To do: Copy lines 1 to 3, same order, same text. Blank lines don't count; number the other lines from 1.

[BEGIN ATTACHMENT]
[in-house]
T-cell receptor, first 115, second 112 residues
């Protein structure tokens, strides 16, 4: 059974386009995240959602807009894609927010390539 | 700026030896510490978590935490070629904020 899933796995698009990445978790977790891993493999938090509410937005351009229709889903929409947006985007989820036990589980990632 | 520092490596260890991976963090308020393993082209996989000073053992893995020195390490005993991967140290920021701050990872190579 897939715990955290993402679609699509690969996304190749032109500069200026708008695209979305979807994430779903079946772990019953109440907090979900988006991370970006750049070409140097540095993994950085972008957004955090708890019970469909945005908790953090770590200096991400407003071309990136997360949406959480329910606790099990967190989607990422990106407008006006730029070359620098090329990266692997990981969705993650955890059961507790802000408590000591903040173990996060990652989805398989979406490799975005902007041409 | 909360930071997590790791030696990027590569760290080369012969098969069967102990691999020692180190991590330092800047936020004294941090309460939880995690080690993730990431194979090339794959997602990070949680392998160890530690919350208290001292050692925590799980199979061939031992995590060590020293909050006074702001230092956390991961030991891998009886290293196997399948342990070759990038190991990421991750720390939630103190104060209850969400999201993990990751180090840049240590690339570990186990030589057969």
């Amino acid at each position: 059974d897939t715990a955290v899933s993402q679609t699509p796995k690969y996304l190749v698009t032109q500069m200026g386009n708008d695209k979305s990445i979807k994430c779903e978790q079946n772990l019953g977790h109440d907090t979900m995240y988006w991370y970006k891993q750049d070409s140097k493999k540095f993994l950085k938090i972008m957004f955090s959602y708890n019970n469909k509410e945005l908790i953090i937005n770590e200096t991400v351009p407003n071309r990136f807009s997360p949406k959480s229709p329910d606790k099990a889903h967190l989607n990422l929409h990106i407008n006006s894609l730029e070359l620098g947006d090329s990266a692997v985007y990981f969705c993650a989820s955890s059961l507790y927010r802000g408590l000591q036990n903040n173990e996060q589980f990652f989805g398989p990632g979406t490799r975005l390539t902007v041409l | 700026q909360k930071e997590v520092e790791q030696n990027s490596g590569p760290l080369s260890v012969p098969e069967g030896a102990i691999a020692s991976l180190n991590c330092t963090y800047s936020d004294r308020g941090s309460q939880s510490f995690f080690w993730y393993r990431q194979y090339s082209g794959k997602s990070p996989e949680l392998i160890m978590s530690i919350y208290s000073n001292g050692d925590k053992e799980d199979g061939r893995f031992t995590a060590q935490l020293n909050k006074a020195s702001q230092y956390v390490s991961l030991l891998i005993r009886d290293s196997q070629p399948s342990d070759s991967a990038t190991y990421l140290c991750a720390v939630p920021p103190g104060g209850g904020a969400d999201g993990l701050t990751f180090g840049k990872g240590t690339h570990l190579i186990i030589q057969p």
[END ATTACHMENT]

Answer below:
[in-house]
T-cell receptor, first 115, second 112 residues
């Protein structure tokens, strides 16, 4: 059974386009995240959602807009894609927010390539 | 700026030896510490978590935490070629904020 899933796995698009990445978790977790891993493999938090509410937005351009229709889903929409947006985007989820036990589980990632 | 520092490596260890991976963090308020393993082209996989000073053992893995020195390490005993991967140290920021701050990872190579 897939715990955290993402679609699509690969996304190749032109500069200026708008695209979305979807994430779903079946772990019953109440907090979900988006991370970006750049070409140097540095993994950085972008957004955090708890019970469909945005908790953090770590200096991400407003071309990136997360949406959480329910606790099990967190989607990422990106407008006006730029070359620098090329990266692997990981969705993650955890059961507790802000408590000591903040173990996060990652989805398989979406490799975005902007041409 | 909360930071997590790791030696990027590569760290080369012969098969069967102990691999020692180190991590330092800047936020004294941090309460939880995690080690993730990431194979090339794959997602990070949680392998160890530690919350208290001292050692925590799980199979061939031992995590060590020293909050006074702001230092956390991961030991891998009886290293196997399948342990070759990038190991990421991750720390939630103190104060209850969400999201993990990751180090840049240590690339570990186990030589057969």